Securities arbitration is used to resolve the majority of customer securities fraud claims brought against brokers.
Under the Securities and Exchange Commission (SEC), Self-Regulatory Organizations (SROs) are given the authority to regulate disputes between SRO members and customers through arbitration. The two largest SROs on Wall Street, the National Association of Securities Dealers (NASD) and the regulatory, enforcement and arbitration functions of the New York Stock Exchange (NYSE) merged to create the Financial Regulatory Authority (FINRA) in July, 2007. FINRA now provides the forum that handles the majority of broker customer arbitrations.
Securities – A Regulated Industry
You can file complaints with the SEC. Your reports may even result in investigations, disciplinary actions or criminal charges taken against a stock broker or brokerage firm. However, the focus of the SEC is to correct and regulate the industry, not to recover money for you if your account has been mishandled resulting in lost savings or retirement funds. Your recovery of funds will be determined through arbitration.
For this reason, hiring a lawyer to represent you in securities arbitration proceedings is a wise decision. Arbitration proceedings follow rules established by the SEC and most likely will be arbitrated in a forum under FINRA.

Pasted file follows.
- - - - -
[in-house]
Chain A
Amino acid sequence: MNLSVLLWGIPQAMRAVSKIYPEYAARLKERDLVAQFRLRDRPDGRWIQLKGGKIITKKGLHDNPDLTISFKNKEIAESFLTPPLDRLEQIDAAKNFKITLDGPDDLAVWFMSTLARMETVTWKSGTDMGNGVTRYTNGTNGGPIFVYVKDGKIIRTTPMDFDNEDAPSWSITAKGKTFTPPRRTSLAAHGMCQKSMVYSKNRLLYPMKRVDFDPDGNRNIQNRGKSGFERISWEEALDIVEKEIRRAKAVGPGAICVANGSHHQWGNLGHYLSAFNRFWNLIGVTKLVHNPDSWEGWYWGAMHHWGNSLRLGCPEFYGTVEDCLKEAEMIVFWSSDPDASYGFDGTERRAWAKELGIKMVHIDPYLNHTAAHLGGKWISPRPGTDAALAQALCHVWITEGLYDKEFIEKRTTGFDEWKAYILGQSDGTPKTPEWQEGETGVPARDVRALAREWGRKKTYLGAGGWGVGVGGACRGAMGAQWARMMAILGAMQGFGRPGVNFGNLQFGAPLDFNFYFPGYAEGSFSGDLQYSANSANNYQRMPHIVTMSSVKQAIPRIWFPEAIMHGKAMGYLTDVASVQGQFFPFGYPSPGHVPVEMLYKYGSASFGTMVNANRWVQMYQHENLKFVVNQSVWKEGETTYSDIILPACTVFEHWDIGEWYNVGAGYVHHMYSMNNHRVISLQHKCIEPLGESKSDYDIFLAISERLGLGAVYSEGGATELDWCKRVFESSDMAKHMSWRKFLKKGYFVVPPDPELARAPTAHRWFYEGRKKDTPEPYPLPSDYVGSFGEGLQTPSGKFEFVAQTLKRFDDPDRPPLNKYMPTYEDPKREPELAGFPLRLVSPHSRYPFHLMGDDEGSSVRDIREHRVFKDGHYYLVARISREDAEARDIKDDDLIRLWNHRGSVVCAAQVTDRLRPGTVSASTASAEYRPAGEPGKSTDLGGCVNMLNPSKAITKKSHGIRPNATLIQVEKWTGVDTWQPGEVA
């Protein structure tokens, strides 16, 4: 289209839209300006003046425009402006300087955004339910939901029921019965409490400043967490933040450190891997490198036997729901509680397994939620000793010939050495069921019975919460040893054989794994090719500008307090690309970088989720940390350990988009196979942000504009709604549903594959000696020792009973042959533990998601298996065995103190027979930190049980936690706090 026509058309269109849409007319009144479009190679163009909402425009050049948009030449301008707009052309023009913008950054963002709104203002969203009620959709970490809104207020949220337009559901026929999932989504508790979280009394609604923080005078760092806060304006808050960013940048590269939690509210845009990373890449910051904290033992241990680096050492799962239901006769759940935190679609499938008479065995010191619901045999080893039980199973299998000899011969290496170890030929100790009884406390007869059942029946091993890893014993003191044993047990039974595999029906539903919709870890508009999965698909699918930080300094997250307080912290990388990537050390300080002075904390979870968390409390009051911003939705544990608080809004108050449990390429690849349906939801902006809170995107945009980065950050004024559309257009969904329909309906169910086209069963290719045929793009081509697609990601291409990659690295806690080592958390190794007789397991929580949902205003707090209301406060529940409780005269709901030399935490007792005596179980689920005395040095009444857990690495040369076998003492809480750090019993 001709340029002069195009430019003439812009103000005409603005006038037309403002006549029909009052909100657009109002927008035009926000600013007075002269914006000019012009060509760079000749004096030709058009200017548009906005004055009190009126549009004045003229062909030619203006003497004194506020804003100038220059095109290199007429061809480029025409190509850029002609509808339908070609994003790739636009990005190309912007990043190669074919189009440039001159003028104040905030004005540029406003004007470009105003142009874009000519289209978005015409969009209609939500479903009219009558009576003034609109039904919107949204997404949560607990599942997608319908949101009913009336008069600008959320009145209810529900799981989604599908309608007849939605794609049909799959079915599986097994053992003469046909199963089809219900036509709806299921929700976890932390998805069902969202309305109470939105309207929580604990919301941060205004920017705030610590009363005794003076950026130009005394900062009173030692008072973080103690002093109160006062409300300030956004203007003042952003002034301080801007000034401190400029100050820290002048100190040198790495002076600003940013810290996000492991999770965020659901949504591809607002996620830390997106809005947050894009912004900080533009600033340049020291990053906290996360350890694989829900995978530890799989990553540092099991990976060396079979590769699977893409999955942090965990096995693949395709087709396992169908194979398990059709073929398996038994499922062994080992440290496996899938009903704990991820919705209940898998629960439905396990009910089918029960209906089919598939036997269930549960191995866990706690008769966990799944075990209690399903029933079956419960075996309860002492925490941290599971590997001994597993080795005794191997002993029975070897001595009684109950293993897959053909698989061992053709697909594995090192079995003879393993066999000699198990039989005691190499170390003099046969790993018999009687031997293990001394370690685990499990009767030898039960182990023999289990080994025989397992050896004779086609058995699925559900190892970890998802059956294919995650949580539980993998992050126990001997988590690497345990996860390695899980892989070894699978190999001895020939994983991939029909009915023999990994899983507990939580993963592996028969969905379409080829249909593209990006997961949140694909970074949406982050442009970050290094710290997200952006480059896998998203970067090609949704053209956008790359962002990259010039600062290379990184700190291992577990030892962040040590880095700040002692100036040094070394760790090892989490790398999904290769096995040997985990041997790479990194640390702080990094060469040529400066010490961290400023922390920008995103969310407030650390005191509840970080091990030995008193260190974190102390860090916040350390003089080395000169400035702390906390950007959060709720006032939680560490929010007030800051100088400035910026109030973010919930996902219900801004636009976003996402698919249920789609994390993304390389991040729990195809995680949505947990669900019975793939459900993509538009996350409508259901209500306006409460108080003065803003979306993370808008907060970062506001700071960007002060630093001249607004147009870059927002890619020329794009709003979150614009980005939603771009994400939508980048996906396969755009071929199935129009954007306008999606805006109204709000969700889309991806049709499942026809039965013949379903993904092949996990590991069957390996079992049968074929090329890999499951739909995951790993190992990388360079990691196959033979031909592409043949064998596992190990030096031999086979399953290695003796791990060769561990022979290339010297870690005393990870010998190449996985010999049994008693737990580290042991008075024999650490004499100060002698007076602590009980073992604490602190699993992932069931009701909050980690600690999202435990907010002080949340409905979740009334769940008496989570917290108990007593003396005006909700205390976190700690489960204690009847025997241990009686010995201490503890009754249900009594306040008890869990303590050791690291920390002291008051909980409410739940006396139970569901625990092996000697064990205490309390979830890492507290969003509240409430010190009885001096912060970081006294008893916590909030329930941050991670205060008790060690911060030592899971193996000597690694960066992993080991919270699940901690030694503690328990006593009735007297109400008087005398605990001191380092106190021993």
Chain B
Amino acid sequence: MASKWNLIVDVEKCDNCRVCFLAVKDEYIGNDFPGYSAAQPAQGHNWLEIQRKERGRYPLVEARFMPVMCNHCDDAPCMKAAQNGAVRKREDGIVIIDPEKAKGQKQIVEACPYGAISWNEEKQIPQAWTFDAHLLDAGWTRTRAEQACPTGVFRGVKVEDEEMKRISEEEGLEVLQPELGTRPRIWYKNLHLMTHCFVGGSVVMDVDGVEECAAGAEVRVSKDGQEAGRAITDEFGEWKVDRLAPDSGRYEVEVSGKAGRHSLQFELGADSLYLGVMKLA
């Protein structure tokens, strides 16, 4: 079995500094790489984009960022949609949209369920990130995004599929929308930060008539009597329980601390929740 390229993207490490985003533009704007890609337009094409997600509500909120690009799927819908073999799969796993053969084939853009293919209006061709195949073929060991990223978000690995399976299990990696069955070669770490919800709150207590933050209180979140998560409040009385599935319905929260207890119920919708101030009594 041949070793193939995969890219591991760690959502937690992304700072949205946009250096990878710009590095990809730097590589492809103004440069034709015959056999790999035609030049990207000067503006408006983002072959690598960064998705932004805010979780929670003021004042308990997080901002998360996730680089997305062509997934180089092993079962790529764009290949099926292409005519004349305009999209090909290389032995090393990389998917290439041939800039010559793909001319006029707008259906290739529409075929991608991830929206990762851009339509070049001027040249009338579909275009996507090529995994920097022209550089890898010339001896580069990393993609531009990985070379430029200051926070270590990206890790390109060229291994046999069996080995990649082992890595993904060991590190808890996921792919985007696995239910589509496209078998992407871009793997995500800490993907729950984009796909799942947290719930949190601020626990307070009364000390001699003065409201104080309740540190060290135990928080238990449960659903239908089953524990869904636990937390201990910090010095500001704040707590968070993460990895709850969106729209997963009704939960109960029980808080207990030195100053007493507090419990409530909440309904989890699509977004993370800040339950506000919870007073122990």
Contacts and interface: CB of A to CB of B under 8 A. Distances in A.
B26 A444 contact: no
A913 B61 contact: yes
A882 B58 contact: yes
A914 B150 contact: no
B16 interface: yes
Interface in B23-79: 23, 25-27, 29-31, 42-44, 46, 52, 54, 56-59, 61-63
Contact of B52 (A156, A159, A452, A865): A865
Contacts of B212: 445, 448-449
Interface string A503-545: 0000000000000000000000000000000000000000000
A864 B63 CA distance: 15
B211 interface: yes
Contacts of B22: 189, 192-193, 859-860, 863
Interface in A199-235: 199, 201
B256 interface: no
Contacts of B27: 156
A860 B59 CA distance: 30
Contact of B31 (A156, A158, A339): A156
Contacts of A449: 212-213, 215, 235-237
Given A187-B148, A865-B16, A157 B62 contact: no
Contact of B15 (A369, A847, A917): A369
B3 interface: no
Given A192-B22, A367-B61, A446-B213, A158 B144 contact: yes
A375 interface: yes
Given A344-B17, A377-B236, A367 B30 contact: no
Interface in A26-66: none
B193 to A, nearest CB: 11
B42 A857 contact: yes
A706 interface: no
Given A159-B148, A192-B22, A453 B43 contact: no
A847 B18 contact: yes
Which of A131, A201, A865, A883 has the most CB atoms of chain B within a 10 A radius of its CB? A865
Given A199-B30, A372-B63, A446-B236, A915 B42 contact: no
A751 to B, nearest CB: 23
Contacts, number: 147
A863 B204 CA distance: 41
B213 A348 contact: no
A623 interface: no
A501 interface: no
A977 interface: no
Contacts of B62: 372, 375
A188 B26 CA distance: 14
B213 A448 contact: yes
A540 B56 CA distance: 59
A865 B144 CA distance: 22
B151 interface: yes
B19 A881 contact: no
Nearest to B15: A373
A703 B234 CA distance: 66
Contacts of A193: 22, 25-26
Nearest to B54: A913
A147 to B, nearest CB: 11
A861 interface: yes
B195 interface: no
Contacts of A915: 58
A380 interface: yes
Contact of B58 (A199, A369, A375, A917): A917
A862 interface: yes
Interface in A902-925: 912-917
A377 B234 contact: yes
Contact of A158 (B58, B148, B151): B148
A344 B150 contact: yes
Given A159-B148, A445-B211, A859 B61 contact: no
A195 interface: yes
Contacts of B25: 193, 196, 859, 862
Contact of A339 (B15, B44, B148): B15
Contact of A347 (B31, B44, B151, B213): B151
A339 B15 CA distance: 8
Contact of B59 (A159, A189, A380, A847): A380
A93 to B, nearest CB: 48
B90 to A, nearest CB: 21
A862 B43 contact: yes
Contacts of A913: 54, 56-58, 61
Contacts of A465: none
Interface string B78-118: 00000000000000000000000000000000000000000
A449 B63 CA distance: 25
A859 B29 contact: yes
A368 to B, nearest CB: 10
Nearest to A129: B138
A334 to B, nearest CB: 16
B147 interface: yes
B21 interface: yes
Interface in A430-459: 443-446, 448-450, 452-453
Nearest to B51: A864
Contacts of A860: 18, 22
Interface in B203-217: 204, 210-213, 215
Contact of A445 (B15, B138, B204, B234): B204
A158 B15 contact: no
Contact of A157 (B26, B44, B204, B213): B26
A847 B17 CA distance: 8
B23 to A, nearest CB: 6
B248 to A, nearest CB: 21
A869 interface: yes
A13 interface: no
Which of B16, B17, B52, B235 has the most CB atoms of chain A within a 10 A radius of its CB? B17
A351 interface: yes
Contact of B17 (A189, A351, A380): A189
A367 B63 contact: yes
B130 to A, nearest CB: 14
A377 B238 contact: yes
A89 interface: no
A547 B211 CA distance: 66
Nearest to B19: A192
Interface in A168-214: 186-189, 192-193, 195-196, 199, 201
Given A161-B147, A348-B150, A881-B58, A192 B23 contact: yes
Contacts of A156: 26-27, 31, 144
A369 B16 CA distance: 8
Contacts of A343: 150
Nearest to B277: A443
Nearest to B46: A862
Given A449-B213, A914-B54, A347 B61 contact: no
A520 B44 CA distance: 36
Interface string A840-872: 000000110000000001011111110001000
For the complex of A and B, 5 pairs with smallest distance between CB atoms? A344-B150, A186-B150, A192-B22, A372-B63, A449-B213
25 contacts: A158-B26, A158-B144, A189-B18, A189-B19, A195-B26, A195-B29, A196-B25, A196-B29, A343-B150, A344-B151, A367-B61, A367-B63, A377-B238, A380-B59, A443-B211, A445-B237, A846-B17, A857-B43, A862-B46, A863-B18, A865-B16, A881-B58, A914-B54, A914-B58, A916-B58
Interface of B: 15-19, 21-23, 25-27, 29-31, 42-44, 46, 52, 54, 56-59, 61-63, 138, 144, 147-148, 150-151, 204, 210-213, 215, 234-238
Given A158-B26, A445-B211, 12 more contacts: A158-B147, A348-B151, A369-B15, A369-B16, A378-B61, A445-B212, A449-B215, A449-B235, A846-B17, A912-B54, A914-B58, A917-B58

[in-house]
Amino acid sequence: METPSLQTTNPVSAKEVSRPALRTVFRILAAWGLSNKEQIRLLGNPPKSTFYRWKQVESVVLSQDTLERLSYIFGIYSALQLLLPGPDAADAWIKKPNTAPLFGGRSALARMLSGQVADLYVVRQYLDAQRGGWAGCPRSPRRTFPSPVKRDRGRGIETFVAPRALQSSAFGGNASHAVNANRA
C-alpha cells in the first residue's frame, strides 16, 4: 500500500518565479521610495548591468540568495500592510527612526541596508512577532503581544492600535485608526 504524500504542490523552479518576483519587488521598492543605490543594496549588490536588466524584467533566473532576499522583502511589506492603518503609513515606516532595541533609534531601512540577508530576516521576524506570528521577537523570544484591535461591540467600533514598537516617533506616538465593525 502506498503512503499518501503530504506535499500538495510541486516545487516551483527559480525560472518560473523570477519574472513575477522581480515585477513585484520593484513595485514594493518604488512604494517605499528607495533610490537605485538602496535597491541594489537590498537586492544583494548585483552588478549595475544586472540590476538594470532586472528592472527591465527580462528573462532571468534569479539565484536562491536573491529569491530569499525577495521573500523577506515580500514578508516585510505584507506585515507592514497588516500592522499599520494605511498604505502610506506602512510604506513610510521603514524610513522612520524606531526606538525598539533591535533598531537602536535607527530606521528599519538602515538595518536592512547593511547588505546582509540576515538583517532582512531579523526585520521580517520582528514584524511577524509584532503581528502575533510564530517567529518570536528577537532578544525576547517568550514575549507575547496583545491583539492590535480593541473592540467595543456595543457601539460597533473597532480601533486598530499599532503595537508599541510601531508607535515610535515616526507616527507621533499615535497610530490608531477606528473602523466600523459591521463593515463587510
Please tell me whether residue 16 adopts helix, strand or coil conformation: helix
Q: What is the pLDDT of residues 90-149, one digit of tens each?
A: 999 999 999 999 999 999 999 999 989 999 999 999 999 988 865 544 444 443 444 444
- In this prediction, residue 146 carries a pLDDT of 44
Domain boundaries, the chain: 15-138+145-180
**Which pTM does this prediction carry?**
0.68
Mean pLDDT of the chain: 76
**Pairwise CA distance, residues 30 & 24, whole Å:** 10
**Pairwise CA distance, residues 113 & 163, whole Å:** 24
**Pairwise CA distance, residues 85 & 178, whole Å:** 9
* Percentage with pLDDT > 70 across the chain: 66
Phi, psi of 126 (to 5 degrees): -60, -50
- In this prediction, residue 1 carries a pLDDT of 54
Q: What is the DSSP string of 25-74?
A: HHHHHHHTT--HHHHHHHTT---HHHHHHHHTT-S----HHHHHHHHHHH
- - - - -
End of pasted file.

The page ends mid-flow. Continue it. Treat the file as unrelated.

Scarlett & Gucciardo has handled numerous securities arbitration proceedings against many Wall Street brokerage firms including, but not limited to the following:
- A. G. Edwards and Sons, Inc.
- Credit Suisse Group
- Prudential Securities
- H. D. Vest Investment Securities, Inc.
- UBS Paine Webber, Inc.
- Salomon Smith Barney (Citigroup)
- Janney Montgomery Scott, LLC
- Merrill Lynchand Co., Inc.
- Newbridge Securities Corp.
- Advest, Inc.
- Josephthal & Co., Inc.
- Washington Mutual Financial Services, Inc.
- Gunn Allen Financial, Inc.
- T.D. Ameritrade, Inc.
- E*Trade, Inc.
- Investacorp, Inc.
- Oppenheimer and Co., Inc.
- J. P. Turner and Co., Inc.
- First Allied Securities, Inc.
- Aura Financial Services, Inc.
- IFMG Securities, Inc.
- National Securities Corp.
- Sentra Securities Corp., Inc.
- FSC Securities Corp.
A panel of one to three arbitrators conduct an arbitration proceeding to evaluate evidence and hear both sides of the case. The panel or arbitrator will arrive at a decision which is binding for both parties. Unlike court proceedings which involve an extensive pre-trial process consisting of formal discovery and depositions along with the possibility of appeal after judgment, the arbitration process does not utilize all of these formal procedures, nor does it go to the extent of a formal trial or allow for appeal except under extremely limited grounds.